Thursday, July 28, 2016

July Pass Or Pages Entry #4

Time for our favorite part of Pass Or Pages, the feedback reveals! We hope that everyone following along will get something out of these reveals that they can apply to their own writing. I did!
We are so grateful to our agent panel for critiquing these entries. We would also like to give a shout-out to the authors for being brave and willing to improve.
Final note: with 4 agents on the panel, we have trimmed down some of their comments to keep the posts from being overwhelming.



Entry #4: GIRL (DOT) COM

Query:

It's 1996[MJ1][DB1], the dawn of the internet gold rush, and Barrie Isaacs can't catch a break.[PN1]

A neurotic workaholic web producer at SugarSugarMountain(Dot)Com, Barrie can't crack the upper echelons of management (AKA the boys’ club.)[MJ2] Though her top-notch efforts speak for themselves, she trembles at the thought of asking for a promotion. Worse, she panics each time she contemplates asking out long-time crush Josh, her brilliant-yet-clueless work counterpart.[PN2] And when management brings in a couple of Hollywood heavies to shake up the start-up, no Yahoo search results can teach Barrie how to navigate the shark-infested hallways. In GIRL (DOT)COM, Barrie must click her Doc Marten’d heels together and re-discover her confidence by creating an out-of-the-box idea to wow everyone -- before the company goes public and she loses her stock option payday, her burgeoning career, and her chance with Josh.[MJ3]

GIRL(DOT)COM combines the popular romantic comedy of BRIDGET JONES’ DIARY with the colorful internet universe of THE UNDERWRITING. GIRL(DOT)COM, my first women’s commercial[MJ4] fiction novel, is complete at just over 88,000 words.[DB2]

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Andrea's Notes:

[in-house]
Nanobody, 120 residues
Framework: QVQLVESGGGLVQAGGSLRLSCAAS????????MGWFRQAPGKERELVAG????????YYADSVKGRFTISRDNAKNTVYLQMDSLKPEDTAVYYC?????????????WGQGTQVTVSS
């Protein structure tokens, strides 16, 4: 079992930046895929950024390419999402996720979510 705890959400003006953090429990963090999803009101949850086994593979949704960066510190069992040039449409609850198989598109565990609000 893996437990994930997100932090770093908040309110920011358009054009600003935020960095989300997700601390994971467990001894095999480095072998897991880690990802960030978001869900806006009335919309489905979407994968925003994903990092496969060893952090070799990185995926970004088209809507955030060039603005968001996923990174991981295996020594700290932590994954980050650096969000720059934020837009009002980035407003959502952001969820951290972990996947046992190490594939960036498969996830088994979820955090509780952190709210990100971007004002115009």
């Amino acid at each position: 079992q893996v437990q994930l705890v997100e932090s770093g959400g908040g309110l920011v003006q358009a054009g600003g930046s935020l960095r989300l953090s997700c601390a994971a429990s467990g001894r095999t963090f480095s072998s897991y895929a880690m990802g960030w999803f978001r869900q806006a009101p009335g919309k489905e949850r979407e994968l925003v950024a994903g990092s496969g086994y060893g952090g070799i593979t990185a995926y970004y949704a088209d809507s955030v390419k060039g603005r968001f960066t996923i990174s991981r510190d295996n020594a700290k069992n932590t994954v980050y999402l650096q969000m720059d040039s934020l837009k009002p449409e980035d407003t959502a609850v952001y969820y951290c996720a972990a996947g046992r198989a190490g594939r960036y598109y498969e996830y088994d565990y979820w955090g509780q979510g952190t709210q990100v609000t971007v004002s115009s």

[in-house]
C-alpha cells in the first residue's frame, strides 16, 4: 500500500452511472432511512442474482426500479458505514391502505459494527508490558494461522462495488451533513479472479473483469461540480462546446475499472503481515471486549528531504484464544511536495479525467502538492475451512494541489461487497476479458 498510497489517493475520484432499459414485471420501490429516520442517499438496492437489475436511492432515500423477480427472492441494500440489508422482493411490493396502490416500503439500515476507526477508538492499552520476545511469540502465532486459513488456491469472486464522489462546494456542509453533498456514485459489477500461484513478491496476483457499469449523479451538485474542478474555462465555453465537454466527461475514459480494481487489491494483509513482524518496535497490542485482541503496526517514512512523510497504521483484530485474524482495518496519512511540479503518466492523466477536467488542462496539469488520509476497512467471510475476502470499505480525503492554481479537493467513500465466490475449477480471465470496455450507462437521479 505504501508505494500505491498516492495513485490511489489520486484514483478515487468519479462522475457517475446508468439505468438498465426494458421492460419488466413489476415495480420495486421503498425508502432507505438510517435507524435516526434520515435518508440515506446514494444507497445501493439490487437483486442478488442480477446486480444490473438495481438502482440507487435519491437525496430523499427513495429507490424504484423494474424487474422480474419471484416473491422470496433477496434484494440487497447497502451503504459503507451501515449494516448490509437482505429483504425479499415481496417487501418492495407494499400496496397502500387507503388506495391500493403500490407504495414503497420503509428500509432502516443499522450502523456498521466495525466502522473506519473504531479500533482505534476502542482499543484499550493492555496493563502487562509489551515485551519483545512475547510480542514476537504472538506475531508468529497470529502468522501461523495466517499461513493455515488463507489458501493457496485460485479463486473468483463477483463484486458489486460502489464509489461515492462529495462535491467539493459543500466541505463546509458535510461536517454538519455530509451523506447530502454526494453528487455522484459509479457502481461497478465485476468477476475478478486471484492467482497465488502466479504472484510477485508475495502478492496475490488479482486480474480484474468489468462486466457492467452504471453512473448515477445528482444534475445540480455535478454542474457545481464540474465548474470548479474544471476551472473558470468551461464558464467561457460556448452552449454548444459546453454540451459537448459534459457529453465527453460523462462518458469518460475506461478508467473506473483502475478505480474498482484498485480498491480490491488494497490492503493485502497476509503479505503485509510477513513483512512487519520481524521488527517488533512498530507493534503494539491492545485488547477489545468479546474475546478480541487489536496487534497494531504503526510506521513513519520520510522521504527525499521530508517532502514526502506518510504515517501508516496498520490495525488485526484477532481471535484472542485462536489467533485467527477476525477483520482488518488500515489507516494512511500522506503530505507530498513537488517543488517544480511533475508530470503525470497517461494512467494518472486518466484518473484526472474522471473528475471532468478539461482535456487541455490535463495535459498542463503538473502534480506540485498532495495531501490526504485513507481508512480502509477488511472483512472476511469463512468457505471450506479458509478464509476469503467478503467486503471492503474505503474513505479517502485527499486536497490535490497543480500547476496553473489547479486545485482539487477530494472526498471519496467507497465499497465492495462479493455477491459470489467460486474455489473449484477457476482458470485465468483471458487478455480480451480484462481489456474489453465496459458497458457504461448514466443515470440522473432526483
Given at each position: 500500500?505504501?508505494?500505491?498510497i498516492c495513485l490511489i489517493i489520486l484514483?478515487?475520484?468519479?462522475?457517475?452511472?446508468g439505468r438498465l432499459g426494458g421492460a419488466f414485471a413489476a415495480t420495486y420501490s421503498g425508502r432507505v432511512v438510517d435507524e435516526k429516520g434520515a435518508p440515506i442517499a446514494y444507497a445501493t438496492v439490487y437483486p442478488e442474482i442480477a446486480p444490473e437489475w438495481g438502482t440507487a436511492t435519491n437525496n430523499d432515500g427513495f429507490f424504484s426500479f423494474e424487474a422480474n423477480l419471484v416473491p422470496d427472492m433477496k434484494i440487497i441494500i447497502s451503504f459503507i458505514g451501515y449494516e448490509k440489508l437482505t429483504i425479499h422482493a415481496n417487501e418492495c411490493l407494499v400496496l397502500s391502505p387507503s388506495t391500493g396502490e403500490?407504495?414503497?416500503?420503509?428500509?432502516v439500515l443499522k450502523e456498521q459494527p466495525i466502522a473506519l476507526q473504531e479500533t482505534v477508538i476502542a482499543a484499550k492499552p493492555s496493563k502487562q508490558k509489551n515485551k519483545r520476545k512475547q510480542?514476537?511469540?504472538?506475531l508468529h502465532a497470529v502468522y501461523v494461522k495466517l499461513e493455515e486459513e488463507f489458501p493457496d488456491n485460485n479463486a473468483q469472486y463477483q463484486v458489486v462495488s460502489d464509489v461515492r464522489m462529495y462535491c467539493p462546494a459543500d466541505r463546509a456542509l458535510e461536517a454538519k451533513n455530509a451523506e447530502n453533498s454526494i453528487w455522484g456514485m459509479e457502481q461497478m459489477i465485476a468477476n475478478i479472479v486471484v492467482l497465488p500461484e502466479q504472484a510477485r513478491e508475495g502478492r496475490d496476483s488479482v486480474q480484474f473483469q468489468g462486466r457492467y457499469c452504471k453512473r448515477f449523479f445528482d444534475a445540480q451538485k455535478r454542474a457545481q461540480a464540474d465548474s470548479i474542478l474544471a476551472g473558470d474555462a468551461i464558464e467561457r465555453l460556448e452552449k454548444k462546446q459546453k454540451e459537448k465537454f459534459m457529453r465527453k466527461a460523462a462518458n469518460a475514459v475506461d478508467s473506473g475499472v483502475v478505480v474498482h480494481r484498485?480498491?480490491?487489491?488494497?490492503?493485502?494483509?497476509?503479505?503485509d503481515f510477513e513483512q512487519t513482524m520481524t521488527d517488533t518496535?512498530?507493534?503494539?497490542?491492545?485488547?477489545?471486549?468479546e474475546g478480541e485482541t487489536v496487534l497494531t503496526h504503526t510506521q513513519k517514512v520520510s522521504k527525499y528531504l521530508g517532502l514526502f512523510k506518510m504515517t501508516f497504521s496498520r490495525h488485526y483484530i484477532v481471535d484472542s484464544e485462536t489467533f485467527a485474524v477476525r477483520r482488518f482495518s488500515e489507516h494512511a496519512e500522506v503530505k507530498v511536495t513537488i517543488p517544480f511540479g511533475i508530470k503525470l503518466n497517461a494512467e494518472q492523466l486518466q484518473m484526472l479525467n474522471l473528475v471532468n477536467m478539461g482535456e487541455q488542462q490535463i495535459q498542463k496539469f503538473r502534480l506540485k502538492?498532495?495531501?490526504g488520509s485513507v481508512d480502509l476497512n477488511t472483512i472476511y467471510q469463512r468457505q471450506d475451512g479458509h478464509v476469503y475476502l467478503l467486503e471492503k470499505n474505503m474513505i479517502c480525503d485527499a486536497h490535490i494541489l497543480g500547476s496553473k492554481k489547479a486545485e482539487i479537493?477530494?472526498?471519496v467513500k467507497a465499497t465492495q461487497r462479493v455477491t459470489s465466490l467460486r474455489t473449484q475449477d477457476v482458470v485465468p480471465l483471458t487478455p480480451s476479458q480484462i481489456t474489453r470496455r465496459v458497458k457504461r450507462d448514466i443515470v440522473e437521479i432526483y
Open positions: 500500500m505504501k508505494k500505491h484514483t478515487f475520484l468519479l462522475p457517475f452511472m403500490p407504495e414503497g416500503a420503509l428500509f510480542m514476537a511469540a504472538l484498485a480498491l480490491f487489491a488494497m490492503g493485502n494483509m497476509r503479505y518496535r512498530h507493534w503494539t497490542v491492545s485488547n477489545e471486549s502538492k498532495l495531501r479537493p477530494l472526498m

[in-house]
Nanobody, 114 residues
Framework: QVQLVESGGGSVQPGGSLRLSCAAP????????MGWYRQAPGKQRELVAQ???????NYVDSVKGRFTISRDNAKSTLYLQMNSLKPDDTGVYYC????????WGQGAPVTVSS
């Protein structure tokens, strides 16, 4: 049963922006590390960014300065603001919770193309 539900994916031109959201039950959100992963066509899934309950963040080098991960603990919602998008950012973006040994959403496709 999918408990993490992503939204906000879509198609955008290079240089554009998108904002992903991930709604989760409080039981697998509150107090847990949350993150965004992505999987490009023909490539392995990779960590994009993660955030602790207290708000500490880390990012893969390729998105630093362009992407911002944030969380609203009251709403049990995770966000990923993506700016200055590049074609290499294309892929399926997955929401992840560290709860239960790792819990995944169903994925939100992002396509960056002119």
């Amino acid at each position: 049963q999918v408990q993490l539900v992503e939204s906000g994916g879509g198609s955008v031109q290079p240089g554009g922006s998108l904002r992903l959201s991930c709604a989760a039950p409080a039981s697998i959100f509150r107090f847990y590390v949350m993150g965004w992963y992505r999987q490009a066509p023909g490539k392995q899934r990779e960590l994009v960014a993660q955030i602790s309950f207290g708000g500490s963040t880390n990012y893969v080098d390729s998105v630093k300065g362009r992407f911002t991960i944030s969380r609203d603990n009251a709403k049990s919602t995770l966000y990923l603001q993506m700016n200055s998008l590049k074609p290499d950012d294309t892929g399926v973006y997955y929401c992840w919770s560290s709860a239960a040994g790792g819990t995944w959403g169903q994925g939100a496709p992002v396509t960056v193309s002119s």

I think this is an effective description of the novel in that it estalishes the protagonist, the conflict and the stakes in an engaging way.

Melissa's Notes:
[MJ1] Are you aiming for nostalgia with the time period? I’m wondering about the market?
[MJ2] You don’t need the parenthesis, the AKA sets it apart.
[MJ3] The plot is very chick lit.
[MJ4] Call it either commercial fiction or women's fiction, not both.

Danielle's Notes:
[DB1] This is a personal taste thing, but I’m not really looking for projects set in the near past. I prefer either contemporary fiction or historical that is a bit more removed.
[DB2] My earlier comment aside, you’ve written a great query letter! It is crafted really nicely and makes me wonder whether I might enjoy a novel set in the 1990’s more than I initially thought I would.

Patricia's Notes:
[PN1] Great opening sentence!
[PN2] Based on this description, Barrie is reading as a fairly frustrating protagonist – she seems like such a wimp! It’s okay if your protagonist starts off in a place she has to grow from, but I still have to understand why I would want to spend a whole novel with her. What about Barrie makes me want to root for her? Show that in your query.

First 250: